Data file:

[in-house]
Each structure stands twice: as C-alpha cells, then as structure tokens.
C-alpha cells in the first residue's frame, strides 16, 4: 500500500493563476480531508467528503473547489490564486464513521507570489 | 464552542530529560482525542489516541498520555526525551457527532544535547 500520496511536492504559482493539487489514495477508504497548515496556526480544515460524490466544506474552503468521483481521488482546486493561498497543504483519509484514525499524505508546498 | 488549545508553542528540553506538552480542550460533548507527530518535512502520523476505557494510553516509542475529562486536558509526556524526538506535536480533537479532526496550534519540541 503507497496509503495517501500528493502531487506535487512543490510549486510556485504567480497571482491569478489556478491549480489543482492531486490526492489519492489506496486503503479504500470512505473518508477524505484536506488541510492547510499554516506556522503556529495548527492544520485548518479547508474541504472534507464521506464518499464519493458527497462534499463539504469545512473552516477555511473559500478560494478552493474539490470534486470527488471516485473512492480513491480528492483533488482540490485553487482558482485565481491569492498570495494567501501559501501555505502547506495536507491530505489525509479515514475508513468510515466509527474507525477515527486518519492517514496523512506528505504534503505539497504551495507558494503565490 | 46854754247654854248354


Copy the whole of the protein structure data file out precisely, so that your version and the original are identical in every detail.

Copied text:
[in-house]
Each structure stands twice: as C-alpha cells, then as structure tokens.
C-alpha cells in the first residue's frame, strides 16, 4: 500500500493563476480531508467528503473547489490564486464513521507570489 | 464552542530529560482525542489516541498520555526525551457527532544535547 500520496511536492504559482493539487489514495477508504497548515496556526480544515460524490466544506474552503468521483481521488482546486493561498497543504483519509484514525499524505508546498 | 488549545508553542528540553506538552480542550460533548507527530518535512502520523476505557494510553516509542475529562486536558509526556524526538506535536480533537479532526496550534519540541 503507497496509503495517501500528493502531487506535487512543490510549486510556485504567480497571482491569478489556478491549480489543482492531486490526492489519492489506496486503503479504500470512505473518508477524505484536506488541510492547510499554516506556522503556529495548527492544520485548518479547508474541504472534507464521506464518499464519493458527497462534499463539504469545512473552516477555511473559500478560494478552493474539490470534486470527488471516485473512492480513491480528492483533488482540490485553487482558482485565481491569492498570495494567501501559501501555505502547506495536507491530505489525509479515514475508513468510515466509527474507525477515527486518519492517514496523512506528505504534503505539497504551495507558494503565490 | 46854754247654854248354